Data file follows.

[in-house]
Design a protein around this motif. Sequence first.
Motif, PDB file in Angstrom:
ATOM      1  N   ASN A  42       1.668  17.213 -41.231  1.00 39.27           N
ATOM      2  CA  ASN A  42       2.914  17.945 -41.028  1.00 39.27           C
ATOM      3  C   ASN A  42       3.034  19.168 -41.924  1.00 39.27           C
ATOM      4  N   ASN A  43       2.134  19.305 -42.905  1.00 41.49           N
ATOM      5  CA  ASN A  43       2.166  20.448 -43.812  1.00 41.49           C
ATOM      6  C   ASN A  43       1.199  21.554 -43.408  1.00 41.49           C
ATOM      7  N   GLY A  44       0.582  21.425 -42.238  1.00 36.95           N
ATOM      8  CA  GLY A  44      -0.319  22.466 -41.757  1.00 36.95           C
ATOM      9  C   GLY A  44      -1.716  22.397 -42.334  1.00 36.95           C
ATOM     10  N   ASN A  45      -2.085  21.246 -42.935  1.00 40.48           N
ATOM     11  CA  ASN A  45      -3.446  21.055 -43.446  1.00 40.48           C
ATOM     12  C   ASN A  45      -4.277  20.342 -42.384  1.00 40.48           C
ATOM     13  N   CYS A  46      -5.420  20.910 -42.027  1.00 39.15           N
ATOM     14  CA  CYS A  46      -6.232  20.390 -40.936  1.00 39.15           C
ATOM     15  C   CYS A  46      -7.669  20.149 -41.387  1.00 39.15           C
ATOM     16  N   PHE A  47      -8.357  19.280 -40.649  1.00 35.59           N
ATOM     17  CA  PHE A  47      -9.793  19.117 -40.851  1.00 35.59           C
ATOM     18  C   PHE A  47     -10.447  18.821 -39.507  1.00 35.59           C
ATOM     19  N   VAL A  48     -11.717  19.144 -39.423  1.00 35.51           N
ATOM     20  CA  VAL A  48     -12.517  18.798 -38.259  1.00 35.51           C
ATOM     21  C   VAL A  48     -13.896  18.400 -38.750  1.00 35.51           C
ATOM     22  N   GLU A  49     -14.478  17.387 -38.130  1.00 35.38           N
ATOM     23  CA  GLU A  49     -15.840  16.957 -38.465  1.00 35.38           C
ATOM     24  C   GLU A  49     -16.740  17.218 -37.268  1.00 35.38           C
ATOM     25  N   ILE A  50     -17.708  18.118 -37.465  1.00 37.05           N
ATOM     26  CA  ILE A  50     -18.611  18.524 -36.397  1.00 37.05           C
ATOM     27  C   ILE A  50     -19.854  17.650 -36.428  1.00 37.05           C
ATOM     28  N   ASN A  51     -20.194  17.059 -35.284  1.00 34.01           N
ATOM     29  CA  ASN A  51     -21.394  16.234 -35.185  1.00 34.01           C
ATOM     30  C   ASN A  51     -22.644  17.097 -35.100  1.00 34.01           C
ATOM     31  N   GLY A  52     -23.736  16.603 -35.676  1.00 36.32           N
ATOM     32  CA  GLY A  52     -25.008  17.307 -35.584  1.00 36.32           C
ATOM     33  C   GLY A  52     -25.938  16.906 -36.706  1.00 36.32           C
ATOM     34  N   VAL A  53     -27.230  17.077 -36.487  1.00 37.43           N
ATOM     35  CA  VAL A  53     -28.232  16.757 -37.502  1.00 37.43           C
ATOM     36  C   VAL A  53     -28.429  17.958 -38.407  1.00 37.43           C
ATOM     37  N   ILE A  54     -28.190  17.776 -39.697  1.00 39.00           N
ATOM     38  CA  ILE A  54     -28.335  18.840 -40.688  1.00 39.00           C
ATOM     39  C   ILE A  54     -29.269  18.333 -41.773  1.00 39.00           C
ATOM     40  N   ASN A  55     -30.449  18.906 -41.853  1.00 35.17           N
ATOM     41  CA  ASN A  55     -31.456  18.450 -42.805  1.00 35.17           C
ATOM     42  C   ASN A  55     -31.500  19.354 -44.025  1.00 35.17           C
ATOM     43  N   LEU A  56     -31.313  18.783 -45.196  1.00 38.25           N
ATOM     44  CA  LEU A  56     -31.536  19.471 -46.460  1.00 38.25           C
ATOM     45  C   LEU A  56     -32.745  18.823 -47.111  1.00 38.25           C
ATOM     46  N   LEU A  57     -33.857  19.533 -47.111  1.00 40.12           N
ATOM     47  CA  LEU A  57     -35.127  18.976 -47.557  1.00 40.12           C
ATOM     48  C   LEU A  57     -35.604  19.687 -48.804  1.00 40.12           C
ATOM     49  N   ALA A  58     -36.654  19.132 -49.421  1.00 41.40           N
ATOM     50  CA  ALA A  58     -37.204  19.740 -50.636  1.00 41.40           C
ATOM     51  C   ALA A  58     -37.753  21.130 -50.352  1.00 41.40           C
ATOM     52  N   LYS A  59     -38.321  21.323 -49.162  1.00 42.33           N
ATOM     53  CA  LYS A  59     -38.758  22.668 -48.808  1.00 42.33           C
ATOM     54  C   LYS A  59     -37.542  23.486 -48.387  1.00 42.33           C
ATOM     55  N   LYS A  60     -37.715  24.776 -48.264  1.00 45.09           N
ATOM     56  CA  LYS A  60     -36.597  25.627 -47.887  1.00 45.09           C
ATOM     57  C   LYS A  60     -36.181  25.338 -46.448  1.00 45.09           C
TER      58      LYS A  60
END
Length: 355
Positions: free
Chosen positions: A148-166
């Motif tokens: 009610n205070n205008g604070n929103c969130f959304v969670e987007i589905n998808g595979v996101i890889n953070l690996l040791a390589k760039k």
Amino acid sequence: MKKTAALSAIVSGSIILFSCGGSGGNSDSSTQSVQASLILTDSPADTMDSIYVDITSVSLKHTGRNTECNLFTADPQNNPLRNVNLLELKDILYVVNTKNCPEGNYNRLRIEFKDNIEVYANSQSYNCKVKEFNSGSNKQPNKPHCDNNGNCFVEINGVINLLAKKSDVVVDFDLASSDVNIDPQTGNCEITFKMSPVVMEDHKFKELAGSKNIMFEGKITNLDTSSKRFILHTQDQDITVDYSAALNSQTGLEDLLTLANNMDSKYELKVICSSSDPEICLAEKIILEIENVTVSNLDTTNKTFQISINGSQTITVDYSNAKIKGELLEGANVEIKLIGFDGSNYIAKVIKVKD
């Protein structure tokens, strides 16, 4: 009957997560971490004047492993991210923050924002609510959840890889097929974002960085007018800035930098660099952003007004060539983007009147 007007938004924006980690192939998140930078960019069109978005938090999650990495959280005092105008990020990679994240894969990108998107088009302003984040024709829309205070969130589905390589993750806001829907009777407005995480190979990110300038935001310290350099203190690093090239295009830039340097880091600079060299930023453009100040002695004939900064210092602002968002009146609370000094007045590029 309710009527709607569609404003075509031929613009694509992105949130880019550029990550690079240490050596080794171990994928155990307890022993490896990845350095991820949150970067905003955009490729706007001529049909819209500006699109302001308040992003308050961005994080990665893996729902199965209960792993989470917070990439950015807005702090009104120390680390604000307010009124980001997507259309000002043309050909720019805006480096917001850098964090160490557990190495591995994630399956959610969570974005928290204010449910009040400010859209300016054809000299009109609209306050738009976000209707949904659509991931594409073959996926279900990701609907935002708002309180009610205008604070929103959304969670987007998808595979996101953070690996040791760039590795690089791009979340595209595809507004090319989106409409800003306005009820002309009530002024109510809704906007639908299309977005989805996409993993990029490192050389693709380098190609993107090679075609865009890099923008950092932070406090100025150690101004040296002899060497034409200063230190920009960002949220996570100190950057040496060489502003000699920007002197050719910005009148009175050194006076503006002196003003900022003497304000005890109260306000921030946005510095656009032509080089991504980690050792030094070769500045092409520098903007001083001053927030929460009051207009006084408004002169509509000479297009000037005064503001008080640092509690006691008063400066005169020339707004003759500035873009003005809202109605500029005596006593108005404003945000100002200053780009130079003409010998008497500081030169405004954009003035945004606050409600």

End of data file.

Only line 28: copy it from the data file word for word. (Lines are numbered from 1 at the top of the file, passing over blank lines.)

ATOM     25  N   ILE A  50     -17.708  18.118 -37.465  1.00 37.05           N